The role former New Jersey Gov. Chris Christie wants to play in the Republican presidential primary is that of Trump critic—but that doesn’t mean he’s letting Florida Gov. Ron DeSantis off the hook, especially when he can get a double play. And boy, DeSantis made it easy for Christie with his answer to an audience question about the Jan. 6 attack on the U.S. Capitol.
Asked by a high school student if he believes “that Trump violated the peaceful transfer of power, a key principle of American democracy that we must uphold,” DeSantis sounded like a small child denying that they made a mess. “So, I wasn't anywhere near Washington that day,” he said. “I have nothing to do with what happened that day. Obviously I didn't enjoy seeing, you know, what happened, but we've got to go forward on this stuff. We cannot be looking backwards and be mired in the past.”
No one is saying you personally invaded the Capitol, Ron. The question is whether you think Donald Trump violated the peaceful transfer of power.
On Wednesday evening, CNN’s Kaitlan Collins asked Christie whether he thinks that’s how Republicans should respond to such questions. The answer is no.
“He wasn't anywhere near Washington. Did he have a TV? Was he alive that day? Did he see what was going on? I mean, that's one of the most ridiculous answers I've heard in this race so far. You don't have an opinion about January 6th except to say, I didn't particularly enjoy what happened? People were killed.”
“We had members of Congress who were running for their lives. We had people trying to hunt down the vice president of the United States chanting, ‘Hang Mike Pence.’ And Donald Trump the entire time sat outside the Oval Office in that little dining room of his eating a well done cheeseburger and watching TV, and doing nothing to stop what was going on until it got to the point where even he could no longer stand it, and he finally, at 4-something in the afternoon, put out a video asking people to leave the Capitol. And Ron DeSantis doesn't have any opinion on that?”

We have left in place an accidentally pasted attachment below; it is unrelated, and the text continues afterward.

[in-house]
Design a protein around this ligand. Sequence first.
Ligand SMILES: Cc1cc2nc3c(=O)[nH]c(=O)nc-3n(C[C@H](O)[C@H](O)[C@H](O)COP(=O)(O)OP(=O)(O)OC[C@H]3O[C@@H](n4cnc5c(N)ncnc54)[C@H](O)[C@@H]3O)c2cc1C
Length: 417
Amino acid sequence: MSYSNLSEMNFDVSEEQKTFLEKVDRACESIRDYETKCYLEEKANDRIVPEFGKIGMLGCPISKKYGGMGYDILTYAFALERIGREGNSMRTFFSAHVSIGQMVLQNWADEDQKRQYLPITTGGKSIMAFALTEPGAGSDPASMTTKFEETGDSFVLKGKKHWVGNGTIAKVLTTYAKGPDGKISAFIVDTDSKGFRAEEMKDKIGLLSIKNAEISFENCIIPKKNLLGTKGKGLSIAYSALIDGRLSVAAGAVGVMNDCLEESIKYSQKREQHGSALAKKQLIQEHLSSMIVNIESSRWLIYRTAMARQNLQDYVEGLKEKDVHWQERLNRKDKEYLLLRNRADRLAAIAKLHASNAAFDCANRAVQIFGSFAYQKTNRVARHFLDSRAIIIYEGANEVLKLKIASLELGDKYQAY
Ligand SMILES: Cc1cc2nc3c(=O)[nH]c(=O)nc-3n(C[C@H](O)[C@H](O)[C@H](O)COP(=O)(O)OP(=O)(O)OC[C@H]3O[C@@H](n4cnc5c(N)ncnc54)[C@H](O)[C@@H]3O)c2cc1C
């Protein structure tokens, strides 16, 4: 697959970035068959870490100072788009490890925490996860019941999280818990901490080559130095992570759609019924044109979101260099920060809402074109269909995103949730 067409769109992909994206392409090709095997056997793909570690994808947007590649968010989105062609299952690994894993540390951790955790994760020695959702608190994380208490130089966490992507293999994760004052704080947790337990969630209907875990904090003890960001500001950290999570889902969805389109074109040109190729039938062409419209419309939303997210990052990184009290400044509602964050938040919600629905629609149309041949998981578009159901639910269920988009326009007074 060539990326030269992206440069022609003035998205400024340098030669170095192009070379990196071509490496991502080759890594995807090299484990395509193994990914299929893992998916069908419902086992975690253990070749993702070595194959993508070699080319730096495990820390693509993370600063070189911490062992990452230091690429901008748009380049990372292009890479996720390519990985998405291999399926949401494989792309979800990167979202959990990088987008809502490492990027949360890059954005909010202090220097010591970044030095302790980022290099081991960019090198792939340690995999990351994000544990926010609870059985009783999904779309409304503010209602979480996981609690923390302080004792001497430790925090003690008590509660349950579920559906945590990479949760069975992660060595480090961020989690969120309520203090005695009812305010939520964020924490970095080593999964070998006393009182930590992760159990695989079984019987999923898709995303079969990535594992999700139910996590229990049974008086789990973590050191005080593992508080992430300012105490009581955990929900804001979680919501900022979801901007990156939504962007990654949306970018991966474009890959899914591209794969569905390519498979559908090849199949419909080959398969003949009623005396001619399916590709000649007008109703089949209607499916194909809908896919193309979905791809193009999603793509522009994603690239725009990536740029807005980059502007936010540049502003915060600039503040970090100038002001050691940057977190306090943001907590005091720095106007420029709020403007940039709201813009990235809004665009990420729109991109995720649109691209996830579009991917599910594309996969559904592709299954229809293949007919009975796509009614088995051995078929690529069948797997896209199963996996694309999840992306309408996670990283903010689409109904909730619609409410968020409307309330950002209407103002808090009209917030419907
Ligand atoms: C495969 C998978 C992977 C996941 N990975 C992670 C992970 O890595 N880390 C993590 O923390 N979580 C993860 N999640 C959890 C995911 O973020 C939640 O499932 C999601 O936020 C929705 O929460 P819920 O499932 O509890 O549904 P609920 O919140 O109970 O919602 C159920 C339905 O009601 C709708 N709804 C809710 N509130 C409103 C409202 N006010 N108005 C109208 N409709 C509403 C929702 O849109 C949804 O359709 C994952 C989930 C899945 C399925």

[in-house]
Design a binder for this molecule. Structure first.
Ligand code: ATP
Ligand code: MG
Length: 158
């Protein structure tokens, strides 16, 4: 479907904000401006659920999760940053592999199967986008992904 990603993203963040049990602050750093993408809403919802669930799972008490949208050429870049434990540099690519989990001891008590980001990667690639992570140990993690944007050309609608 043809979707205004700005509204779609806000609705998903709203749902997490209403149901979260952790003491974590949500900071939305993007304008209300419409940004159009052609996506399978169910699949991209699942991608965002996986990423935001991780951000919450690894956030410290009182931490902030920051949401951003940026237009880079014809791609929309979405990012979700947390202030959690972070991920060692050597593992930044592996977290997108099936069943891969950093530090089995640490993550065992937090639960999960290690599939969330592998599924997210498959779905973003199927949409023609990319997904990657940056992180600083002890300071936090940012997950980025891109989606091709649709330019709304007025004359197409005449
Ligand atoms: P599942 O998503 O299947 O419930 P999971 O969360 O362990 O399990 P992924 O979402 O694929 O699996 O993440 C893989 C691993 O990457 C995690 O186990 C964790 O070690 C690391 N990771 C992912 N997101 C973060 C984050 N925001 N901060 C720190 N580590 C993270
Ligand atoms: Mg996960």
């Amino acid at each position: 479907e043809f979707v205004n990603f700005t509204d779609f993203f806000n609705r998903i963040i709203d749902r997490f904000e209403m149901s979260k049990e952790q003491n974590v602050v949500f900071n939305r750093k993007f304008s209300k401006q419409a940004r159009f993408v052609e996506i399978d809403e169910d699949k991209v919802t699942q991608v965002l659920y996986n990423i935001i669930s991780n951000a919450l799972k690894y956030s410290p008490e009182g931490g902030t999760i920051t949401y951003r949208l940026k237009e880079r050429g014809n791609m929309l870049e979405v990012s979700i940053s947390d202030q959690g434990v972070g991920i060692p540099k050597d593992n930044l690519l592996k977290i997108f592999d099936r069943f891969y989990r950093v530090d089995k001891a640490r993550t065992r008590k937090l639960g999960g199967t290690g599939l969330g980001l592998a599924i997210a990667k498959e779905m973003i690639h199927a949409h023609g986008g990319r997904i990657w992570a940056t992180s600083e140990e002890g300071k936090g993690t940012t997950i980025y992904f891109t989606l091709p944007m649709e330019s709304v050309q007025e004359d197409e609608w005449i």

Christie then took a little detour to talk about the high school student who asked DeSantis the question, saying, “I’m pretty sure I know who that high school student was. He goes to every town hall meeting in New Hampshire. He's been to three of mine, and he asks really tough questions. And I said to him, the last town hall meeting he was at of mine, see if any of the candidates will answer your questions directly, and grade them on it. I suspect when I go back and see Colin in New Hampshire next time I’m up there, DeSantis is going to get an F for that answer.”
This is a viciously subtle way to highlight just how bad Ron DeSantis is at retail politics, as well as on the substance of the question. Does anyone think DeSantis would be able to talk in that kind of detail about his own interactions with a specific New Hampshire high school student?
Collins then asked Christie how he would answer the question about Donald Trump and Jan. 6.
I would say it was one of the most disgraceful days in American history and that the president was principally responsible for it. One, through the conduct and his words from election night forward and his words, inciting people and insisting that the election was stolen when it wasn’t. Through his speech that day when he attacked directly his own vice president and incited those people to be angry at Mike Pence, who was just performing his constitutional duty, and he had no choice. Every lawyer, good lawyer, had told people that, that he couldn’t do anything different than that. And then while the event was going on, while the riot was going on, on Capitol Hill, we know that Donald Trump was watching it and was being urged even by members of his own family to get out there and say something, and he refused, because he was enjoying watching people yell, scream, and destroy things in his name. That’s the kind of answer you should give, and that makes someone, in addition to all the other things, unfit to be president of the United States.
Christie neatly sums up much of what Trump did to incite the attack on Congress, and in so doing, he highlights that DeSantis is too much of a coward to give that kind of answer.
Chris Christie is no hero here. He governed New Jersey as an arrogant bully—in very much the kind of hectoring, posturing way DeSantis is governing Florida, down to their shared choice of teachers as targets. Once Christie concluded he wasn’t going to win the 2016 presidential primary, he sucked up to Trump as energetically as any other Republican. But the guy can talk, and if what he wants to say lays bare the corruption and anti-democratic slant of his own party and its leading candidates, and the cowardice of its number two candidate, that’s no bad thing.